Today people talk a lot about wellness. About taking care of ourselves. And about preventative care. But many of us are terrible at this game. And by some of us, I mean dudes. While women often have regular health checks of some sort (or multiple sorts), guys often go completely undoctored. Which can have serious consequences.
Since college, when I still had regular health supervision through the athletic department at The University of Wisconsin, I have had very little interaction with doctors other than Dr. Pepper, Dr. Suess, and Dr. Dre.
Back in the Saddle
But yesterday morning I established care with a new primary physician. (The staff kept telling me that I was establishing care, or I wouldn’t have known that was what it was called.)
Part of the reason I hadn’t seen a doctor was that I have been healthy. But that’s not a great excuse.
The other reason I hadn’t seen a doctor was that I didn’t know who to see. So I finally asked my good friend and fellow Badger, Dr. Michael Brin, an Emergency Room doc in Milwaukee, for a reco. He gave me a recommendation. I called to make an appointment. And they told me that doctor was not accepting any new patients. So I instantly knew he was lazy. And an elitist. And I didn’t want to see him anyway.
Then the woman I was talking to recommended another physician from the same office. This doctor was a woman. I politely declined, because I prefer a dude doctor. I have a policy against getting all naked on a papered table with a lady in the room other than my wife.
The woman then offered a 3rd option, who was a dude doctor, who was seeing new patients and was not fresh out of medical school. I said yes to the dress and booked the appointment.
Then, after I got off the phone I looked up the doctor online to see how he was rated. People seemed to love this guy. So I kept the appointment.
The Big Day
Yesterday was the day. And it was easy.
I scheduled the first appointment of the day to minimize waiting room time. I saw the doctor’s assistant very quickly and got to make a bunch of health jokes. When I was asked if I vaped or smoked I responded that I wanted to, but no one had invited me yet.
I got measured.
I was thrilled to still officially be 6 feet tall, and within single digits of my weight when I graduated from high school.
They found my pulse. Which is a really good sign.
My blood pressure was in the zone, like AutoZone.
I still had no reflexes in my knees. (Throughout my life I have had no response when physicians whack me on my knees with the tiny Dorito-shaped hammers.
The Big Question
When the doctor saw me he asked me a bunch of questions. But the most interesting one was, ‘Why are you here?’
I said, ‘Because I want to live a long time.’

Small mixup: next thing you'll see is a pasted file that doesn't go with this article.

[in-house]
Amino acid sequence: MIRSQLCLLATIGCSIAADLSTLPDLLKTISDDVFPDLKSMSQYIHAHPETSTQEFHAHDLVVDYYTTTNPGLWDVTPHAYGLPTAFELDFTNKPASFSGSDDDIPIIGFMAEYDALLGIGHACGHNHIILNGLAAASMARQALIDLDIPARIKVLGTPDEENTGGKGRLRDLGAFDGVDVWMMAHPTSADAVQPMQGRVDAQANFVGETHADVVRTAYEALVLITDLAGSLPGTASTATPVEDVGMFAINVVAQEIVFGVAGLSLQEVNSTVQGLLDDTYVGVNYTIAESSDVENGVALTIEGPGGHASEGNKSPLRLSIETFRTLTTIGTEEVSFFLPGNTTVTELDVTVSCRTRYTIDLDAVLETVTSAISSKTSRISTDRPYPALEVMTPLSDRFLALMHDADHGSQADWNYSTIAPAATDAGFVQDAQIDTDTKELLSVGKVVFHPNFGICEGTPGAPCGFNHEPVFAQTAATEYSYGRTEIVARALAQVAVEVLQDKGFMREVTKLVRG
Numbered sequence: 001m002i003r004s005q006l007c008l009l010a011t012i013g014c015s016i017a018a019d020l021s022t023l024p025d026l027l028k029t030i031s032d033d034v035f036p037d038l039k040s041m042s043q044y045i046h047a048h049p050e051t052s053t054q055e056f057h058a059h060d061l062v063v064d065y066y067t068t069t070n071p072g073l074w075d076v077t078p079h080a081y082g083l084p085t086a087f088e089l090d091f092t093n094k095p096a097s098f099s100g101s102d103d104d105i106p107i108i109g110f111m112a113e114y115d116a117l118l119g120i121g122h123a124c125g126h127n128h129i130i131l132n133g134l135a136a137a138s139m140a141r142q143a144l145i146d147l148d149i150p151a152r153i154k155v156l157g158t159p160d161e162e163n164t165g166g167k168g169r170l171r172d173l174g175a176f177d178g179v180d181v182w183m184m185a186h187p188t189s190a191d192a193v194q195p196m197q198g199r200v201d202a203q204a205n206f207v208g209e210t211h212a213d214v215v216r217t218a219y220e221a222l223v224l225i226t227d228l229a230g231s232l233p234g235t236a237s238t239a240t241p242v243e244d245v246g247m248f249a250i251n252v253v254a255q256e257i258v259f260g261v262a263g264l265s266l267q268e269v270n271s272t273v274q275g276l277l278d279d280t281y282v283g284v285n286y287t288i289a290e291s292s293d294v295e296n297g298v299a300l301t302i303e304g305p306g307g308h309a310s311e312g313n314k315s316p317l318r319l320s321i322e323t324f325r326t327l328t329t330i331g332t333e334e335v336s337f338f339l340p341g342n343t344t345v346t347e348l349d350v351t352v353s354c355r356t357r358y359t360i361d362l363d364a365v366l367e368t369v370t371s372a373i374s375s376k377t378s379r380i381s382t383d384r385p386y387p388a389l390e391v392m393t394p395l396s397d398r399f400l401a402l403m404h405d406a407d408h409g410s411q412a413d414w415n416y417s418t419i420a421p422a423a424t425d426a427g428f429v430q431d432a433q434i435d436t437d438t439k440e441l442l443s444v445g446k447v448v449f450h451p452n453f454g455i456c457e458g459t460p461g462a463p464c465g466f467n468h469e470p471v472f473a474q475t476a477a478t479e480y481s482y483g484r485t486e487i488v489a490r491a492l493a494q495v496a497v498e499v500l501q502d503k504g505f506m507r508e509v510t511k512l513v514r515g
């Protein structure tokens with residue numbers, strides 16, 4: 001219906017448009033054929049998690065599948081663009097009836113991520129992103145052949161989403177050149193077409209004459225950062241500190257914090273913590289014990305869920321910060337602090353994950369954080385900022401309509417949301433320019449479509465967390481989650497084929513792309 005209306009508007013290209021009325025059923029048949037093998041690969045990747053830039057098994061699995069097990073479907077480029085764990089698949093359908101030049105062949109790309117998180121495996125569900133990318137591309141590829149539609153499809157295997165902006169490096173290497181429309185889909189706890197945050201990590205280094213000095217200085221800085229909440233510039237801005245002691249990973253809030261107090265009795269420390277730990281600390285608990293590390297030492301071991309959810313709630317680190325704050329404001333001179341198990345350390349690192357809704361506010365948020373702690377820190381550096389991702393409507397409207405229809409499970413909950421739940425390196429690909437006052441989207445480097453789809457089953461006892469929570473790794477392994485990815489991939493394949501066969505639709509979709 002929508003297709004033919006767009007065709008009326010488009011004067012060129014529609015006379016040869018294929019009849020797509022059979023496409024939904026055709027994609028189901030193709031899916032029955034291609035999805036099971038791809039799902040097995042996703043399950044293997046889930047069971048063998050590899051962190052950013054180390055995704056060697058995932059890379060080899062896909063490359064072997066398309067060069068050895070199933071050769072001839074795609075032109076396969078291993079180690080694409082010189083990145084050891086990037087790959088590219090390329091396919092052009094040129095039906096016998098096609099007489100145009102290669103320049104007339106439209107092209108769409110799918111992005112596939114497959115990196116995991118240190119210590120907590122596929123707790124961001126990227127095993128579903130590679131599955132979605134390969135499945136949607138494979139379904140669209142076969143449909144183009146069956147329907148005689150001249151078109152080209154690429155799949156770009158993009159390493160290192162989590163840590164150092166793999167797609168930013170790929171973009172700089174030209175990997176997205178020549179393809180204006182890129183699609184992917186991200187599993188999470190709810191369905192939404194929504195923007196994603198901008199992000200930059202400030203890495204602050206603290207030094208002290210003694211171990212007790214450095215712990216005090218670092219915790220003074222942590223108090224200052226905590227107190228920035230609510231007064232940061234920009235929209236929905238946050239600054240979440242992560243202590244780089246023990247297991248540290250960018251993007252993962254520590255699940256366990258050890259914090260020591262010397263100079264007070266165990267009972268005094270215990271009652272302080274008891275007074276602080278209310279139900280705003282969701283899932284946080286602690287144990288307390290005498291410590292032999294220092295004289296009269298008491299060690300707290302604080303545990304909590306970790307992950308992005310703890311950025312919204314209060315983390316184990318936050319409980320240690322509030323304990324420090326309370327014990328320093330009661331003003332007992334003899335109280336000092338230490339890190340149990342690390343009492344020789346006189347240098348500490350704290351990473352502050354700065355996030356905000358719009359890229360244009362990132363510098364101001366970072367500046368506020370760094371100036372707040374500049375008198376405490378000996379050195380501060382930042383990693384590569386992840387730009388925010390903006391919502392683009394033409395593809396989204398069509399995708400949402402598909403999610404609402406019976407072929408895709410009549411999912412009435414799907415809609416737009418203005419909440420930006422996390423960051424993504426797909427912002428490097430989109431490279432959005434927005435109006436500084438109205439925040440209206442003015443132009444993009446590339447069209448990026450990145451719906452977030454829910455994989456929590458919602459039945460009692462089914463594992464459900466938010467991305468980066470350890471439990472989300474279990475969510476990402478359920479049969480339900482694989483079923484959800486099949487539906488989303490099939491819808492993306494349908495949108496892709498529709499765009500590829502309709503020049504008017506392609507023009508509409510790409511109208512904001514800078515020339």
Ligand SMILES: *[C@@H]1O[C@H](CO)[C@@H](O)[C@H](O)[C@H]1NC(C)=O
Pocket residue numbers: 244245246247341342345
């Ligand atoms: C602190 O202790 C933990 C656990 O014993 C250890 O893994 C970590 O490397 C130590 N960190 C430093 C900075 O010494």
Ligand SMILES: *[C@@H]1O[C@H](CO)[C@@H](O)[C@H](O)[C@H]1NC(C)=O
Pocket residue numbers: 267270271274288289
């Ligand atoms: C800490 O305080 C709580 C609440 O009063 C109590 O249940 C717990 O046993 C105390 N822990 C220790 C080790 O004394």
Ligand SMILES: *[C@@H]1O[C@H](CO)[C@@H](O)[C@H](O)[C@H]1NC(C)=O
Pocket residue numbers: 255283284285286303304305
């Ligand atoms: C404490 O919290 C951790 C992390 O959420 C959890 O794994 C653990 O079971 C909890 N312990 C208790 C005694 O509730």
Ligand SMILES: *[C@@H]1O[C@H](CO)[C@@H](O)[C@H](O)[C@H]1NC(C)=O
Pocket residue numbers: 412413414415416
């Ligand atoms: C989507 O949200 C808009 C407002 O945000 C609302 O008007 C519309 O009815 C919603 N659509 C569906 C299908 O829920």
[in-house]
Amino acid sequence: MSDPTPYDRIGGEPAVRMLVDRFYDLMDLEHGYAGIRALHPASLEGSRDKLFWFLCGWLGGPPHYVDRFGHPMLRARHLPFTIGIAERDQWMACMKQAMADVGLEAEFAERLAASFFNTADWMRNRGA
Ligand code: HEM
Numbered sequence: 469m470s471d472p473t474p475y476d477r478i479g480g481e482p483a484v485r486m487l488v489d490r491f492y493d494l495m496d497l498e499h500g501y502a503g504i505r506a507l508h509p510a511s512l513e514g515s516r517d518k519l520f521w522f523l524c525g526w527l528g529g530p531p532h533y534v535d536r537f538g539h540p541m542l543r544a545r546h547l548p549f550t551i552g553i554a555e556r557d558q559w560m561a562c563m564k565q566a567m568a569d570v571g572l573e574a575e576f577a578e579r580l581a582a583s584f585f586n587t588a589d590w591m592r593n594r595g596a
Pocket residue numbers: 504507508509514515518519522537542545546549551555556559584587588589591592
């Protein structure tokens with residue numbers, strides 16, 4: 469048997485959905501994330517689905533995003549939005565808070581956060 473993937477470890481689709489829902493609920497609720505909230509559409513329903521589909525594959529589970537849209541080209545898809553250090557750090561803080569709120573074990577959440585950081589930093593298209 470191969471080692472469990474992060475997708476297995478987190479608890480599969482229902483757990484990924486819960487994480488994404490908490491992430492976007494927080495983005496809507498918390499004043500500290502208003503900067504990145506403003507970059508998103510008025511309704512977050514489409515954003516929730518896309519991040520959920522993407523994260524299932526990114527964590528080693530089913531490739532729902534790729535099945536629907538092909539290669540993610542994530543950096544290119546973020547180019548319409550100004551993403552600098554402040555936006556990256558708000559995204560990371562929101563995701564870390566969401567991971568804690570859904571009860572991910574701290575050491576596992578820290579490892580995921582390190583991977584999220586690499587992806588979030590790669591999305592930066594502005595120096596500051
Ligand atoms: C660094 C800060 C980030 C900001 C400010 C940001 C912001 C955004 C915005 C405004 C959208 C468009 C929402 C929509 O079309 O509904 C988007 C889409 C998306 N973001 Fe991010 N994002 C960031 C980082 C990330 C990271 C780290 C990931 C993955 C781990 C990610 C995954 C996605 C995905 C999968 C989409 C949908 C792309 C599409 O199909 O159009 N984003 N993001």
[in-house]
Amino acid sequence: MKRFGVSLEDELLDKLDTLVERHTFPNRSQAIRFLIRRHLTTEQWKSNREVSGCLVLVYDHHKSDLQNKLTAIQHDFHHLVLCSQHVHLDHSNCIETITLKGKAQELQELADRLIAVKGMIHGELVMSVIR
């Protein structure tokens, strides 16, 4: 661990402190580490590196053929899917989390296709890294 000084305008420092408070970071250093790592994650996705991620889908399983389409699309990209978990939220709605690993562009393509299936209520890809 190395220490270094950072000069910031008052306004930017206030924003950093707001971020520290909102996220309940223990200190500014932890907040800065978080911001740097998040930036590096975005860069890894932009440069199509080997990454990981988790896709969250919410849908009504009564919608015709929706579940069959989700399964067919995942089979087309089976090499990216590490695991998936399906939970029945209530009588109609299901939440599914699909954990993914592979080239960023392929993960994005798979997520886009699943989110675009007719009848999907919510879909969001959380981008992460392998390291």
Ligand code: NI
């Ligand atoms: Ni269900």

He then probed further, ‘But what was the trigger event that made you want to come in and see a doctor now?’
I thought about his question more deeply. Then I shared, ‘On my birthday I set goals for the year. I had goals related to all the significant areas of my life. Including marriage, family, career, relationship, financial, and travel goals. My health goal was to finally see a doctor and establish a baseline for my long-term health, and to have a resource for the future.’
My new doctor (which sounds like nude doctor) said he thought that was good thinking.
We continued the rest of the exam. He asked me about my health, who lives with me, and about my parents’ ages and health. He asked about siblings. And I was happy to have no major issues to report about them.
The experience was enjoyable. I was able to honestly say that I don’t have any real health issues or concerns.
I didn’t have to have my prostate checked the old fashion way, because apparently there is a blood screening for prostate cancer. I had eaten breakfast that morning, so I had to schedule my follow-up labwork (bloodsucking) for next week.
At the end of our visit, my new doctor thanked me for coming in. When I apologized for being so boring, he said that boring is very good. He said it was a real pleasure to have a pleasant talk with someone enjoying good health and not dealing with any major challenges.
As he was leaving the room he turned back to me, smiled, and added, ‘Tell your wife you did a good thing today.’
I am really happy I finally saw a doctor. Now I have an answer to ‘Who is your primary physician?’ I have peace of mind that my blood pressure is right, that my moles are still the right kind, and that I still have both a height and a weight. Within a week or so I will know if there are any other invisible things I should be concerned about. But even if there are, chances are that we caught them before they were major problems. I am happy to know that I now have a literal health plan to detect new issues early. And someone I can call and say “What’s up doc?’ whenever I have a question.
If you haven’t found a primary care doctor, do it now. Ask your friends who they see. Call that doctor. If they are a lazy elitist, ask for another available recommendation. It’s easier and more important than you think. The key to good health and to preventing small things from becoming big things is early intervention. Your family and friends want you to be around to enjoy life together for a long, long time. So if not for you, do it for them.
Note: If you are in the Milwaukee area and need a good doctor, I am happy to share my guy with you.
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